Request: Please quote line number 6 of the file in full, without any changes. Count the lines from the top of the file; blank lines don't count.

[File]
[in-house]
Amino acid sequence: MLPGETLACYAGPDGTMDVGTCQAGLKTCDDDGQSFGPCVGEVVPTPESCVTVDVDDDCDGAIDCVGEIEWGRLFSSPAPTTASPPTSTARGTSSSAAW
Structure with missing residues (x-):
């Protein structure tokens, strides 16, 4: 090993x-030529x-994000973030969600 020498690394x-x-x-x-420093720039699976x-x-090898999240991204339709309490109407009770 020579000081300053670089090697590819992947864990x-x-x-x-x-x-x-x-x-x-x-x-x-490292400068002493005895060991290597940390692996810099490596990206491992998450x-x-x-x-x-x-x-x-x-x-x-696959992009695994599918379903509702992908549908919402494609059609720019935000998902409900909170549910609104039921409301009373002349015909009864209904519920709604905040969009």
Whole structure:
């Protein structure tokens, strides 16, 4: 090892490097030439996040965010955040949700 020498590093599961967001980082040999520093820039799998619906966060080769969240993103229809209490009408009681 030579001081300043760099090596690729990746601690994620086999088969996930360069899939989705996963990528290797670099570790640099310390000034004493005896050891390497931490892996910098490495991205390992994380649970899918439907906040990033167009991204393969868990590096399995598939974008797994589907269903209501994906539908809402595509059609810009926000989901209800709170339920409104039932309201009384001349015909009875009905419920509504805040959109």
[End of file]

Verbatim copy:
């Protein structure tokens, strides 16, 4: 090892490097030439996040965010955040949700 020498590093599961967001980082040999520093820039799998619906966060080769969240993103229809209490009408009681 030579001081300043760099090596690729990746601690994620086999088969996930360069899939989705996963990528290797670099570790640099310390000034004493005896050891390497931490892996910098490495991205390992994380649970899918439907906040990033167009991204393969868990590096399995598939974008797994589907269903209501994906539908809402595509059609810009926000989901209800709170339920409104039932309201009384001349015909009875009905419920509504805040959109």